Hester has now completed her prison sentence and has been allowed to live anywhere she deems fit. However, she opts to settle within Boston in a tiny seaside cottage located on the suburbs. To support herself and her daughter, Hester begins to work as a seamstress. Her superb sewing skills make her products popular among fashionable women as well as those who desire elegant clothing for official ceremonies. However, she cannot sell wedding gowns.
Despite the high-quality clothes she sews, Hester is still a social outcast. She is viciously abused by the community but patiently endures it. Ironically, Hester begins to realize that her scarlet A enables her to sense the immoral and sinful impulses in other people.
Chapter 5 Analysis
Hester’s cottage is located between the wilderness and the town, physically separated from the community. Hawthorne builds Hester’s image portraying her as a social outcast punished for her transgressions as well as the product of nature.
She does not retaliate against society and stays relatively humble. However, she inwardly rebels and resents the savagery of the Puritans. Her skills remain in high demand despite being permanently banished from society. Those who condemn her the most are impressed by her skills but deem it a favor to have her sew their garments. This is evident in the fact that she cannot sew wedding clothes since she would defile the sanctity of the event.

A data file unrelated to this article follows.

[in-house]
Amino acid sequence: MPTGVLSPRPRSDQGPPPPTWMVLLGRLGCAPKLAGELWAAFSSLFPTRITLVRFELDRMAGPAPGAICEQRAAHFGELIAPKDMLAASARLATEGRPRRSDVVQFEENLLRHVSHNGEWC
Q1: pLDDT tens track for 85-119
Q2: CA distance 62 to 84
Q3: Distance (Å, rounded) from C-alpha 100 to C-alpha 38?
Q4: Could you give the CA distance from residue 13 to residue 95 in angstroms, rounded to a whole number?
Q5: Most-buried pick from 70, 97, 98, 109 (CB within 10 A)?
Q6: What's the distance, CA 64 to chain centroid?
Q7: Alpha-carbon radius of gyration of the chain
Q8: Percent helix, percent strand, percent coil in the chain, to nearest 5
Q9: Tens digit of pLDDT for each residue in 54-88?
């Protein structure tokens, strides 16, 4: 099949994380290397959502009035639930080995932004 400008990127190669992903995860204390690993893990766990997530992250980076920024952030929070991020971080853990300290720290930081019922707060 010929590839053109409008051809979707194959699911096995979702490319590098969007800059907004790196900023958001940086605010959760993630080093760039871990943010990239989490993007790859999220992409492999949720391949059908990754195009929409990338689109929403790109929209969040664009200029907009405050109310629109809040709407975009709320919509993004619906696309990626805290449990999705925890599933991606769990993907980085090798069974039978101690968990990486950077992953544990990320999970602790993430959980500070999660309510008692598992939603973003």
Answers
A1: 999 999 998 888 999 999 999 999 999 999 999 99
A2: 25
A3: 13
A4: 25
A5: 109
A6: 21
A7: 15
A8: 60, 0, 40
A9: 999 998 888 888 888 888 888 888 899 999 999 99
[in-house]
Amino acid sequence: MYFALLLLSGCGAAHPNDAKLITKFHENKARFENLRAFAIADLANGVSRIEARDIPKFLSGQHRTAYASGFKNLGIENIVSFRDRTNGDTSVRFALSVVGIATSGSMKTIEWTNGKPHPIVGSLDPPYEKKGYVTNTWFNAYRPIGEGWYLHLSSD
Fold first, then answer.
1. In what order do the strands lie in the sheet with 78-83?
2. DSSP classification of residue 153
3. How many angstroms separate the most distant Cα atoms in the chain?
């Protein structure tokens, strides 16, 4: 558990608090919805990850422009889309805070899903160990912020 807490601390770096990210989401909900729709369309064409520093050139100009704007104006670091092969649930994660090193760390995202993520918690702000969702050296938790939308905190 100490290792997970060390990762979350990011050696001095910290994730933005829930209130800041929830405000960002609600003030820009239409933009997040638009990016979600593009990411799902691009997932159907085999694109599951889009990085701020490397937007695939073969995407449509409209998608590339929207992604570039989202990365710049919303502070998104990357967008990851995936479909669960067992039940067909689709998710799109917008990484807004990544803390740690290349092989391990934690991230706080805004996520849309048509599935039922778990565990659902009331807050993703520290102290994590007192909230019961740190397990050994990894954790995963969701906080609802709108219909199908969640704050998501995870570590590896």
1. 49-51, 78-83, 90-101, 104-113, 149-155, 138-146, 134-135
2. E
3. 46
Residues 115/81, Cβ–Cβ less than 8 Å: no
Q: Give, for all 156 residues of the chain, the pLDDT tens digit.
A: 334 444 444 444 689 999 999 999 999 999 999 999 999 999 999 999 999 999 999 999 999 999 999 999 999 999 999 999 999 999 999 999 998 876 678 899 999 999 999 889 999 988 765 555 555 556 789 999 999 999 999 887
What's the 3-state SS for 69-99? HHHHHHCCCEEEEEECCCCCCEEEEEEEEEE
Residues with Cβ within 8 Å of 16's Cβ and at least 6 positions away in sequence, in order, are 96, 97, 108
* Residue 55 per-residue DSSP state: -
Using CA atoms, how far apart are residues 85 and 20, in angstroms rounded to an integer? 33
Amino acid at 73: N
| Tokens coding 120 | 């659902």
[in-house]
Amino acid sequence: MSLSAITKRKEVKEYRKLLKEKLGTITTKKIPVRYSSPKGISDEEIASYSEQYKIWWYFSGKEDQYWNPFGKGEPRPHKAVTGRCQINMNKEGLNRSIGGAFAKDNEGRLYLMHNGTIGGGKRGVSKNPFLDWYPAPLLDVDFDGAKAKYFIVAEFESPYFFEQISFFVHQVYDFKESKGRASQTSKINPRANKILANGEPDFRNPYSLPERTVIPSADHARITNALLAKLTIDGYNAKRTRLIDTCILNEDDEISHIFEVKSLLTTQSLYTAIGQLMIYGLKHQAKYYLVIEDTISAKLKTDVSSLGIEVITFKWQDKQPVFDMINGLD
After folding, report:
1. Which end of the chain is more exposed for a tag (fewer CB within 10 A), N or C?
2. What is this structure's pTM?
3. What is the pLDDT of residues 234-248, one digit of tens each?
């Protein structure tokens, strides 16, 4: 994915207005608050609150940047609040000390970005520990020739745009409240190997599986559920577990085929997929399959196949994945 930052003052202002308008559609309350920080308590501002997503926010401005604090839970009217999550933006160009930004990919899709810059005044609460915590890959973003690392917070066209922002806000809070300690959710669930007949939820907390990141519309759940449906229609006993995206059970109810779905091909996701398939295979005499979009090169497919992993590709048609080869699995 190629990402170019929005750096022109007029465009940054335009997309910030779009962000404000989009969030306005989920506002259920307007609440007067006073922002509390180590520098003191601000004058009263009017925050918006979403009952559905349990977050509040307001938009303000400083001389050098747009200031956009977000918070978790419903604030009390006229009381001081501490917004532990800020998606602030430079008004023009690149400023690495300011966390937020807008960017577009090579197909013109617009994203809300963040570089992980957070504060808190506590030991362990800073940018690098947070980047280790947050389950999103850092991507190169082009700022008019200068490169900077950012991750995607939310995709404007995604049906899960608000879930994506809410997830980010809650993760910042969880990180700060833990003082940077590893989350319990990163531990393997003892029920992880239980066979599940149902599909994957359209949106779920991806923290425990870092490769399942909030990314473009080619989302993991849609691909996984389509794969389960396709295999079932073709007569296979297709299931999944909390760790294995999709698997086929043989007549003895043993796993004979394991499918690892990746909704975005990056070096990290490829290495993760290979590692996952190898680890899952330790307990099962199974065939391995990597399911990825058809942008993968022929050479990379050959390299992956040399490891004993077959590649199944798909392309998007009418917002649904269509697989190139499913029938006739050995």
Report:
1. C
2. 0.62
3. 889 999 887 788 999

However, Hester does not take pride in her work. She still views ornamentation as a sinful act. This shows that she rejects puritan hypocrisy but still adheres to some of its moral codes. We also notice the contrast between private and public discourse. Though the letter pours scorn on her, it also offers her a new personal sense of the sinful behaviors and thoughts in others.